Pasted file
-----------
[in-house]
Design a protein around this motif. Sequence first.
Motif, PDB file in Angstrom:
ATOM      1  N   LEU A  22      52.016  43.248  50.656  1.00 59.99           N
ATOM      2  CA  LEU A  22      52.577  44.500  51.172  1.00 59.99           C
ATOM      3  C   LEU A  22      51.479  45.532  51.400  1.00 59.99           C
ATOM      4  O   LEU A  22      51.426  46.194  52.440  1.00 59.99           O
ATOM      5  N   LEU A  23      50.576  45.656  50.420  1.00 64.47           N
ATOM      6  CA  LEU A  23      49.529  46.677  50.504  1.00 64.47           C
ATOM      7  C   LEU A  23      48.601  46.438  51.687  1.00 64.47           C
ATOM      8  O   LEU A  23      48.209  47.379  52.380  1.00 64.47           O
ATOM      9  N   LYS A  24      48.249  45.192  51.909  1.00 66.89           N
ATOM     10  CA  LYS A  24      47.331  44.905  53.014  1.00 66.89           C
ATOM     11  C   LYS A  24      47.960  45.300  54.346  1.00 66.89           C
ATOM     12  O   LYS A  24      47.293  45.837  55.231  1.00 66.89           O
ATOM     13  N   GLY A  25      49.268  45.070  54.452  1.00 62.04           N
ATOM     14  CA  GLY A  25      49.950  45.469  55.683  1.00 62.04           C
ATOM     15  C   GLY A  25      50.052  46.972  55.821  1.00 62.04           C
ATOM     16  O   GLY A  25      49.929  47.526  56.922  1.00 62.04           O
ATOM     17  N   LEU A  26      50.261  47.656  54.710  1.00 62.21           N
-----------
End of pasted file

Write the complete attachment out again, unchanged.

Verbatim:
[in-house]
Design a protein around this motif. Sequence first.
Motif, PDB file in Angstrom:
ATOM      1  N   LEU A  22      52.016  43.248  50.656  1.00 59.99           N
ATOM      2  CA  LEU A  22      52.577  44.500  51.172  1.00 59.99           C
ATOM      3  C   LEU A  22      51.479  45.532  51.400  1.00 59.99           C
ATOM      4  O   LEU A  22      51.426  46.194  52.440  1.00 59.99           O
ATOM      5  N   LEU A  23      50.576  45.656  50.420  1.00 64.47           N
ATOM      6  CA  LEU A  23      49.529  46.677  50.504  1.00 64.47           C
ATOM      7  C   LEU A  23      48.601  46.438  51.687  1.00 64.47           C
ATOM      8  O   LEU A  23      48.209  47.379  52.380  1.00 64.47           O
ATOM      9  N   LYS A  24      48.249  45.192  51.909  1.00 66.89           N
ATOM     10  CA  LYS A  24      47.331  44.905  53.014  1.00 66.89           C
ATOM     11  C   LYS A  24      47.960  45.300  54.346  1.00 66.89           C
ATOM     12  O   LYS A  24      47.293  45.837  55.231  1.00 66.89           O
ATOM     13  N   GLY A  25      49.268  45.070  54.452  1.00 62.04           N
ATOM     14  CA  GLY A  25      49.950  45.469  55.683  1.00 62.04           C
ATOM     15  C   GLY A  25      50.052  46.972  55.821  1.00 62.04           C
ATOM     16  O   GLY A  25      49.929  47.526  56.922  1.00 62.04           O
ATOM     17  N   LEU A  26      50.261  47.656  54.710  1.00 62.21           N